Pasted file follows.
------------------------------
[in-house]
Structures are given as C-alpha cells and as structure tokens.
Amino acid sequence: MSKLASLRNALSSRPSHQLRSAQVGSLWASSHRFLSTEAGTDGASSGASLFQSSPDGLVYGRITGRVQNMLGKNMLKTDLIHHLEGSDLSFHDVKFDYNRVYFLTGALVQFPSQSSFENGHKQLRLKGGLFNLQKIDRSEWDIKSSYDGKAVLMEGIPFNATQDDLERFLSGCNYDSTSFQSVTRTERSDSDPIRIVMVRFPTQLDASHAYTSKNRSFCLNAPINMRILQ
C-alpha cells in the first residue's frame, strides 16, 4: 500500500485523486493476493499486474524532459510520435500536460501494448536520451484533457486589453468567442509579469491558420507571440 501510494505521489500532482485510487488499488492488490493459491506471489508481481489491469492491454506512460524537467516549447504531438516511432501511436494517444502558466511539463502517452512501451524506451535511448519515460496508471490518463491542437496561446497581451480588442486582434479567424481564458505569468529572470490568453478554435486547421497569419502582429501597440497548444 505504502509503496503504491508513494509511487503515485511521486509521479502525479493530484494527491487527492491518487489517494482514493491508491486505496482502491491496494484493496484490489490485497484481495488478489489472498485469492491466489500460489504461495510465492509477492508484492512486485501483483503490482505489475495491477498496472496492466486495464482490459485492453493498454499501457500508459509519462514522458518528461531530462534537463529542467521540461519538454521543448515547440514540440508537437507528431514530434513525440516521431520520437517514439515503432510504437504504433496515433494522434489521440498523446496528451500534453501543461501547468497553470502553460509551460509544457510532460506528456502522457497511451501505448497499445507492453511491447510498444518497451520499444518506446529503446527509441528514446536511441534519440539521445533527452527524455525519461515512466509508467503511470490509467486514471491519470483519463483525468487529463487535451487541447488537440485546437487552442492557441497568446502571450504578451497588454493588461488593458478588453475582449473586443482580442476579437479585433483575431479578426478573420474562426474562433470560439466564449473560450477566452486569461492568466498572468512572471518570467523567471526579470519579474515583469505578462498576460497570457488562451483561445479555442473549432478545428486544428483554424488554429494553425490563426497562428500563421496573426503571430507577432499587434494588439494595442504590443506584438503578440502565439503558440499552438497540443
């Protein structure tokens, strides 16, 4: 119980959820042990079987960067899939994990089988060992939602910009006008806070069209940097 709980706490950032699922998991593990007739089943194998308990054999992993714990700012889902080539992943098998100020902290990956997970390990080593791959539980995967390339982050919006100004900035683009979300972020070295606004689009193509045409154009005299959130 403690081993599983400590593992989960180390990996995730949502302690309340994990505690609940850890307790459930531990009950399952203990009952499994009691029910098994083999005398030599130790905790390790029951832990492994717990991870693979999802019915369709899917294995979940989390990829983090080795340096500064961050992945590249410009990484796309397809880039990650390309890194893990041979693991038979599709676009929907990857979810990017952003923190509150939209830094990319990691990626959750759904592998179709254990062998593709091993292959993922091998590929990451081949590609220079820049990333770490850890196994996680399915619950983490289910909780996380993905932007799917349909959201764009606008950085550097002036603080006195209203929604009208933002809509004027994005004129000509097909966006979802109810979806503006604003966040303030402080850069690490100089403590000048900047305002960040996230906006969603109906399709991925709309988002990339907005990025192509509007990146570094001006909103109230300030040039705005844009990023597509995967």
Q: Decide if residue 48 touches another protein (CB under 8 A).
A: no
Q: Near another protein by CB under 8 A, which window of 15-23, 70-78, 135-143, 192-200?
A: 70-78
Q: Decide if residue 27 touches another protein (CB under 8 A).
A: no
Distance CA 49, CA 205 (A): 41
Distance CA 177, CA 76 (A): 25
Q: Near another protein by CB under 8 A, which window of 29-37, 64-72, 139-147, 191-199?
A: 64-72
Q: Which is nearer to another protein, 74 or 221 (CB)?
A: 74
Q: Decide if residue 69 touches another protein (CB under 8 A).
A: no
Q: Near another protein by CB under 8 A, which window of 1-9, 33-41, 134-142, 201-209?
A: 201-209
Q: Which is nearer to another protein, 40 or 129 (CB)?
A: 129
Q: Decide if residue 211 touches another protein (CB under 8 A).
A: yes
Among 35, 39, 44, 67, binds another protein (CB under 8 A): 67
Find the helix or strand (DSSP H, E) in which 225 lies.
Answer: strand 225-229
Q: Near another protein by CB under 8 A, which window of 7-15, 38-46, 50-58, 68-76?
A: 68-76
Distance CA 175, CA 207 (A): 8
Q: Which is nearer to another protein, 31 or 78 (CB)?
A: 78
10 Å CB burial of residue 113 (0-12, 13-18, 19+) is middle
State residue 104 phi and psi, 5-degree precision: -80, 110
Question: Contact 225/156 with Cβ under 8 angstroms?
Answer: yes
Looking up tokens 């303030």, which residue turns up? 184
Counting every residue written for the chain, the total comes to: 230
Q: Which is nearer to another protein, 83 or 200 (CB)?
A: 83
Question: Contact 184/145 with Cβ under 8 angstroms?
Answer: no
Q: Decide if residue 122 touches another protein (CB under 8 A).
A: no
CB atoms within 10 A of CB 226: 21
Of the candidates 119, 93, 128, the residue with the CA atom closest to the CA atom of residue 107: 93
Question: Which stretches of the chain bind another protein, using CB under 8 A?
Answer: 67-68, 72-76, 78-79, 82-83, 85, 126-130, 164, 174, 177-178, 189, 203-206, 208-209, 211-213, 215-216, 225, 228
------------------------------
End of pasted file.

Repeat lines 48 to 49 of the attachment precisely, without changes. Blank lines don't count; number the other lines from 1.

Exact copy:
Question: Which stretches of the chain bind another protein, using CB under 8 A?
Answer: 67-68, 72-76, 78-79, 82-83, 85, 126-130, 164, 174, 177-178, 189, 203-206, 208-209, 211-213, 215-216, 225, 228